That's bad juju - you can get away with it on a 350, if you're experienced and careful.
I would NEVER attempt it on a 450, the dimensions are too critical............
 

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That's bad juju - you can get away with it on a 350, if you're experienced and careful.
I would NEVER attempt it on a 450, the dimensions are too critical............
You read my mind Bill - I've done 350s that way in the past, but 450s are just too tight a tolerance for that kind of method to be accurate, and the potential for a burnt exhaust valve or follower damage is too great to risk it if ridden out of spec too long
 

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I always use a .0012 feeler gauge to set mine. The .0012 feeler gauge can be hard to find. The closest SAE size is .0015. The .0012 inch is a standard .03 mm metric size. Find a metric feeler gauge that is marked in SAE, not a SAE that is marked in metric.
 

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I always use a .0012 feeler gauge to set mine. The .0012 feeler gauge can be hard to find. The closest SAE size is .0015. The .0012 inch is a standard .03 mm metric size. Find a metric feeler gauge that is marked in SAE, not a SAE that is marked in metric.
And yes, for those who aren't experienced with 450s or are just starting out - that IS the actual adjustment setting. Yes, it's tiny, the smallest sized valve adjustment setting of all Hondas with rocker arms/followers, but absolutely true. At the dealerships I worked, we used a long, automotive .0015" feeler gauge and rubbed a "curl" into the end of it to help get it around the cam and between cam and follower, allowing us to work both ends to pull it back and forth between the two parts to check the tension on the feeler gauge because of the lack of thickness of the gauge. I don't have that problem today myself because I'm running aftermarket cams that require larger clearances, but running .0015" on stock cams is perfectly fine (even .002" would be okay, but I wouldn't run them looser than that)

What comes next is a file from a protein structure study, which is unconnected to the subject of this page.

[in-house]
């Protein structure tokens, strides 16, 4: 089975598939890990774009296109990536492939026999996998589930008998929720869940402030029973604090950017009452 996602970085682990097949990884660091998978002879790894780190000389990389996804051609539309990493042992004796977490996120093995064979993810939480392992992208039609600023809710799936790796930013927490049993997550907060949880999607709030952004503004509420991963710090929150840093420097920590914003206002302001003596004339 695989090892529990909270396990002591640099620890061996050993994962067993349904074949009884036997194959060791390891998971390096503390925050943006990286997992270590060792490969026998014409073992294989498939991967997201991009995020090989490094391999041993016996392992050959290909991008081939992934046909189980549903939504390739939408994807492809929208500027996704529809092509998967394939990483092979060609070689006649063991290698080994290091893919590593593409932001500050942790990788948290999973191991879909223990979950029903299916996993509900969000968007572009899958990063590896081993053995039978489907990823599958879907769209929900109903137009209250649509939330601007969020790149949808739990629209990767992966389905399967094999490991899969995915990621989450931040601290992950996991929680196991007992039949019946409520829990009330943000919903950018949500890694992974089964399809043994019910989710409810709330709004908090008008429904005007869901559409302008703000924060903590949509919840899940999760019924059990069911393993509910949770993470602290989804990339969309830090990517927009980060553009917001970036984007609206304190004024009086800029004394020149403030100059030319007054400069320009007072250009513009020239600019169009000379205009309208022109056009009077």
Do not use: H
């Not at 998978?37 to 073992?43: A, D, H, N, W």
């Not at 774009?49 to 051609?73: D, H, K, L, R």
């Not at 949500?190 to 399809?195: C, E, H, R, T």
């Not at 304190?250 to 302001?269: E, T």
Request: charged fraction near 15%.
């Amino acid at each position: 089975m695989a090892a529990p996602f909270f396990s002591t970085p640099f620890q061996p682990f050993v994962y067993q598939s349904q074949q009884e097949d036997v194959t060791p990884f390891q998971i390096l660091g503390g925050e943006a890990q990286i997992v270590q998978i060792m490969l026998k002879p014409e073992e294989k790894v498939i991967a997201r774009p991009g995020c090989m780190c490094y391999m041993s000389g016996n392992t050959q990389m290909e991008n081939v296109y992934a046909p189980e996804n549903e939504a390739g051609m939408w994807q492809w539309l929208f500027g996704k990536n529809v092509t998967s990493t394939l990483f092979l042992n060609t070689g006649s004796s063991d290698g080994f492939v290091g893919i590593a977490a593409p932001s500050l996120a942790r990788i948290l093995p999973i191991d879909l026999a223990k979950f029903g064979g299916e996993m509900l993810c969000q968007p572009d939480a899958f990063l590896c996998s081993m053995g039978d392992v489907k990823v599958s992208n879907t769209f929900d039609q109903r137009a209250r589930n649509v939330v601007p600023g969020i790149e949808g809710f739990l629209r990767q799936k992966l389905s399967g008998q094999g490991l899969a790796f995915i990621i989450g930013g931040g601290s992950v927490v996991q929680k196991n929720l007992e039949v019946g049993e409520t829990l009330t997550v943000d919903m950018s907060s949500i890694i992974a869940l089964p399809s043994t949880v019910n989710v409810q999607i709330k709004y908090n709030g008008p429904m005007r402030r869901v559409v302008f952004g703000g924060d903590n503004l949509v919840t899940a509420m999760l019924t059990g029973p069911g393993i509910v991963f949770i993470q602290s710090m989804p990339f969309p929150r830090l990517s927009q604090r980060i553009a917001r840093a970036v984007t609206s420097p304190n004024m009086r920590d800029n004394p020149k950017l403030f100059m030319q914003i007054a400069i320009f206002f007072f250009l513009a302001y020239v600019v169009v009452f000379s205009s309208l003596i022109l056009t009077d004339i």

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And yes, for those who aren't experienced with 450s or are just starting out - that IS the actual adjustment setting. Yes, it's tiny, the smallest sized valve adjustment setting of all Hondas with rocker arms/followers, but absolutely true. At the dealerships I worked, we used a long, automotive .0015" feeler gauge and rubbed a "curl" into the end of it to help get it around the cam and between cam and follower, allowing us to work both ends to pull it back and forth between the two parts to check the tension on the feeler gauge because of the lack of thickness of the gauge. I don't have that problem today myself because I'm running aftermarket cams that require larger clearances, but running .0015" on stock cams is perfectly fine (even .002" would be okay, but I wouldn't run them looser than that)
Since the tappet (rocker) is disctincty unsymetrical, that 0.0012" at the cam/tappet junction translates to 0.002" at the tappet/valve tip junction. That's a much more familiar number to us Honda doods........
Many racers, including Hansen, regularly run up to 0.005" clearance, but I call it at 0.002" max.
I think it's almost impossible to set at 0.0012" for a normal human - especially since 450's tappet shafts invariably move around when tightening the shaft down, it can be very frustrating to try and pre-compensate for that movement.
I always clean/polish the washers behind those adjuster lock-down nuts, it helps to minimize that........